The Laurel Mountains were left to their own devices, powering up for the great push of spring and such, while the Fat Cat of Flanders sat for several hours at the physicians office center. Too bad because the weather was a Belgian-like stew of overcast, rain and cool temps. The Fat Cat has had some of his best rides in such conditions. I ask you, why am I scheduled for 2:30 and then made to sit in some holding tank until after 4:00. Just get in, turn my son into a pin cushion so he can get into kindergarten, and get out. But I digress.
In lieu of the mountains, an 11pm ride with the folks at Carmichael training systems was the order of the day. The Cat, the Canadian national mountain bike champion, an Olympic medal winner, some girl from West Virginia, and a few others all took orders from a short bald man named Dean. He was preparing us for the rigors of mountain bike racing and mumbling on about "adaptation" and "energy systems." Dean admonished us several times to, "Make sure yer drinkin!" He blurted this phrase in a sort of quick slur that made it sound as if he had been drinking himself. Then again, maybe the Fat Cat was just flashing back to his college days.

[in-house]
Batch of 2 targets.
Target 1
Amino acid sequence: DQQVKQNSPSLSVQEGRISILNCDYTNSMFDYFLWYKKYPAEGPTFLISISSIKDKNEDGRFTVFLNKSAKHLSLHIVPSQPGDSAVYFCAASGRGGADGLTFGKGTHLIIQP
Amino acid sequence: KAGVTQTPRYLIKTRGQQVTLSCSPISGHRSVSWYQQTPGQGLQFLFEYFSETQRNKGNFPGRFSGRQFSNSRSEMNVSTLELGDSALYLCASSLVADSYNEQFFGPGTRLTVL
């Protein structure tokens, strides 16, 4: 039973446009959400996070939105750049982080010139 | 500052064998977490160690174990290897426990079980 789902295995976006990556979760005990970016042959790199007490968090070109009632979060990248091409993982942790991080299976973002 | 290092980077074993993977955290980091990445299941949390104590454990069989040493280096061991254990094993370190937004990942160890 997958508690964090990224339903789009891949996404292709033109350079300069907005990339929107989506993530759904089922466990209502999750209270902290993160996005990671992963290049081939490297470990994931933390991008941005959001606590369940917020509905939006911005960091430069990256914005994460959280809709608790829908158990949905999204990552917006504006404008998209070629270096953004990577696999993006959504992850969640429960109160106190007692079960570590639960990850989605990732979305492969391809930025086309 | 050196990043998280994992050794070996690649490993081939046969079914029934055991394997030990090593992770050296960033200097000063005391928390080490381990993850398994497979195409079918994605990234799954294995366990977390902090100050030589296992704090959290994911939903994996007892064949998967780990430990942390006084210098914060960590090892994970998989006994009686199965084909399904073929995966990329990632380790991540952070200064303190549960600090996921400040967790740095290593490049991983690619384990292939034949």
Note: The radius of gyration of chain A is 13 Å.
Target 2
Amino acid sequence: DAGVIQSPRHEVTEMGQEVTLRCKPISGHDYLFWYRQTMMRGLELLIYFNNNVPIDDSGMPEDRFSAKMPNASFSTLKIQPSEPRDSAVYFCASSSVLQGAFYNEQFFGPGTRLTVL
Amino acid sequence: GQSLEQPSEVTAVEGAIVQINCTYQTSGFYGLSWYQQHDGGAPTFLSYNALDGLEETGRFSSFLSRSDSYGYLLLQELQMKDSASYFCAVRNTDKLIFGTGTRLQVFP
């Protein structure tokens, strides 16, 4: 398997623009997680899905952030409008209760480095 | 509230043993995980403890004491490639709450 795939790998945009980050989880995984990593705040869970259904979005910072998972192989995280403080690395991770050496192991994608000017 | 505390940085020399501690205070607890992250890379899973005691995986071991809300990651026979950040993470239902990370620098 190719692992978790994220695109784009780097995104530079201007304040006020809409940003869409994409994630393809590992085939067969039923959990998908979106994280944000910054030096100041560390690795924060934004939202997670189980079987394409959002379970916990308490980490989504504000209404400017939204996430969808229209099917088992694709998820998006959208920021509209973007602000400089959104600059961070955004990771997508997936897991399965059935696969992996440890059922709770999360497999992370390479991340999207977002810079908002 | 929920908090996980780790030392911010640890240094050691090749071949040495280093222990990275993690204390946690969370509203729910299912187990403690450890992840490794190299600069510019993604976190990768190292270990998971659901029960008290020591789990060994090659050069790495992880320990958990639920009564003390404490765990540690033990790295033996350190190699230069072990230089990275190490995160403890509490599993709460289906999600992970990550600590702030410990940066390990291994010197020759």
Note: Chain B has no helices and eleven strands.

After an eight minute warm up, which included two one minute 100rpm bursts to, "dilate the vessels," we started in on the intervals. The first round consisted of a boatload of 30 second, 90rpm, high intensity turns interspersed with 30 seconds of medium intensity so as to deny the subjects a full recovery. What a prick move, Dean. After 5 minutes easy spinning, we all were then forced to do a bunch of 2 min maximum efforts with 2 minutes recovery in between. Rivulets of sweat literally flowed off my body forming a steaming stream of salt water that emptied into the drain of my cold garage. Wiping the sweat from burning eyes, The Fat Cat noticed that the Silver freakin medalist was doggin it. She was hardly breathin, not sweating, and definitely not maintaining the insisted upon cadence of 90 rpm. C'mon Dean, ride that primadonna's ass. This really pissed off the Fat Cat. He shifted up a gear and felt the burn.
With a minute to go in the last interval, the pain was too great and the index finger twitched on the shifter. The mind flailed about, looking for some purchase on which to stave off collapse. It found the image of little Leo, taking four needles in the leg, the expected torrent of tears never materializing. He did not cry out nor did he even grimace. In fact, he said it was fun! The Fat Cat upped the cadence and let the pain soak in. As he hit the cool down, just a little bit of vomit danced up in the back of the throat. What fun!